Young Cornish widow Bessie
after two months in a faraway
land grieved for her husband
struggled with her five children.

New settlers around her pitied
her plight, bought her a mangle
to take in laundry, found her
charwoman’s work scrubbing
rich people’s floor and stairs.

Baptists took her to heart,
became her family, held her
close in her grief. Each day
her tiny frame lifted wet
laundry from copper through
mangle to rinse tub through
mangle then hung it to
dry in her tiny back yard.

for the rest of each day she
scrubbed floors and doorsteps
while her children attended
school as demanded by law.
Young Minnie wrote letters
to family back home.

Young Tom ran wild, was sent to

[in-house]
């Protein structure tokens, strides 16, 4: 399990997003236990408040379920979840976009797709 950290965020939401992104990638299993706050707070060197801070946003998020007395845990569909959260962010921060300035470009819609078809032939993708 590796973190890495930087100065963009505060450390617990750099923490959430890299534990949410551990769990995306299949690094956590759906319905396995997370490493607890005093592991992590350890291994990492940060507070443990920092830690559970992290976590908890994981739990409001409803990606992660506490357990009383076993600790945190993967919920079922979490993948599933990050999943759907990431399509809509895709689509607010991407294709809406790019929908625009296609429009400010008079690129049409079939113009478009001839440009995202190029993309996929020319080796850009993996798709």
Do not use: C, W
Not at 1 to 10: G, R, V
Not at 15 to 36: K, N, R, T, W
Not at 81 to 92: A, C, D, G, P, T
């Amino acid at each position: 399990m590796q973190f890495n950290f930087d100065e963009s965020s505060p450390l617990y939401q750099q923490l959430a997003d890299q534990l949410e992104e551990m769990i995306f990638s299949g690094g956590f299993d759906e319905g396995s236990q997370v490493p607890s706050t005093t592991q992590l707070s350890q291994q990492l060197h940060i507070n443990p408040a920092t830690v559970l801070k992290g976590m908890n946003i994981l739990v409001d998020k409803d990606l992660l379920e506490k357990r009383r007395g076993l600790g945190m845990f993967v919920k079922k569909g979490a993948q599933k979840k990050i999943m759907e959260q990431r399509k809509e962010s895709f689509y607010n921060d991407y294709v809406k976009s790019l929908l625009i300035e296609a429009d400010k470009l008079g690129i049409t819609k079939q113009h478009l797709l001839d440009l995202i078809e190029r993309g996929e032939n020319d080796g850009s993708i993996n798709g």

reformatory, later taught to farm.
Bessie swallowed her grief, put
her daughters into tailoress
apprenticeships when they
left school at twelve.

They were as small as their
mother but were spared her
burden of laundry and charing.

Previously posted September 2017.


4 thoughts on “Charwoman

    1. Yes it was a true story, and yes, it was all too common. I was impressed by the mother’s – my great grandmother’s – sending all three daughters to the large department store’s dress making and tailoring department as lowly paid apprentices for several years each so that they could continue to support their families financially with work that did not tax them physically as did laundering and charing. Meanwhile she supported them by taking in laundry and cleaning houses.

      Liked by 1 person

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